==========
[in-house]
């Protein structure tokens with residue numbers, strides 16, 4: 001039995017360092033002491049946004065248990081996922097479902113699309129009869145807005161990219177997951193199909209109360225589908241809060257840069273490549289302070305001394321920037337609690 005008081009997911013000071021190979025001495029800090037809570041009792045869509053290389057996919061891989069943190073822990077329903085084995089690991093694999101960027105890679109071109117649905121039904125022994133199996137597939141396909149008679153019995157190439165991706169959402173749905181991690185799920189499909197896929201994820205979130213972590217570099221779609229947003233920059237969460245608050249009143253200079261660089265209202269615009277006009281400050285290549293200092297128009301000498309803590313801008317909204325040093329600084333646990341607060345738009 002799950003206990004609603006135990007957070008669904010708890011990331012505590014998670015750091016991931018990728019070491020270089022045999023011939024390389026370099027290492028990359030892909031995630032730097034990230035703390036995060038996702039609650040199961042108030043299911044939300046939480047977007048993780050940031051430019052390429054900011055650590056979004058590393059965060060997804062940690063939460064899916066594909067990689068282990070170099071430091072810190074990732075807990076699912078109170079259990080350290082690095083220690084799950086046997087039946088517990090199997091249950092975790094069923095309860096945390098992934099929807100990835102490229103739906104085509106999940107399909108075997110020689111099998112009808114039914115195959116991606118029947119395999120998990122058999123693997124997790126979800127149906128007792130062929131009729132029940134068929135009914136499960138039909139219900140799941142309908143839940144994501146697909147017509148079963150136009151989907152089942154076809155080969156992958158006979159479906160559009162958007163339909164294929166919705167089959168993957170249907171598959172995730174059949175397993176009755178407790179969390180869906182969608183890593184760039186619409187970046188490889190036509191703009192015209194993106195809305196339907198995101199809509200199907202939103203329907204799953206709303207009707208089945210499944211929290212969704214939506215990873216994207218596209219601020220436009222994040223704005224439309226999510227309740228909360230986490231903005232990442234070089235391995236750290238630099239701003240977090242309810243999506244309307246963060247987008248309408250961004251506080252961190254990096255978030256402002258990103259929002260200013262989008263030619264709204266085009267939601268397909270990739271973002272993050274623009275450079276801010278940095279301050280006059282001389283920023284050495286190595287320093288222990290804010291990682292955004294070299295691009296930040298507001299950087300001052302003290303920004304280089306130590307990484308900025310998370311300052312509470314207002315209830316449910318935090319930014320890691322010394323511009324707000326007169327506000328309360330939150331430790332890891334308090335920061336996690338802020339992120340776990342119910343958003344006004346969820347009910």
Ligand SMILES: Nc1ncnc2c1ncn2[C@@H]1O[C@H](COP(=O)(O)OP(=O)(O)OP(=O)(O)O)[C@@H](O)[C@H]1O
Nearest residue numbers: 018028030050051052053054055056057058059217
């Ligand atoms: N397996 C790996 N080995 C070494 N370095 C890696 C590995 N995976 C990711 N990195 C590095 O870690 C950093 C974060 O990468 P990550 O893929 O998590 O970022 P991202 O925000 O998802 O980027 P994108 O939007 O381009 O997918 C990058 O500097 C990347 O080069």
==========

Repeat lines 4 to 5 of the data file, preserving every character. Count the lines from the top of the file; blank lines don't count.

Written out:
Nearest residue numbers: 018028030050051052053054055056057058059217
């Ligand atoms: N397996 C790996 N080995 C070494 N370095 C890696 C590995 N995976 C990711 N990195 C590095 O870690 C950093 C974060 O990468 P990550 O893929 O998590 O970022 P991202 O925000 O998802 O980027 P994108 O939007 O381009 O997918 C990058 O500097 C990347 O080069």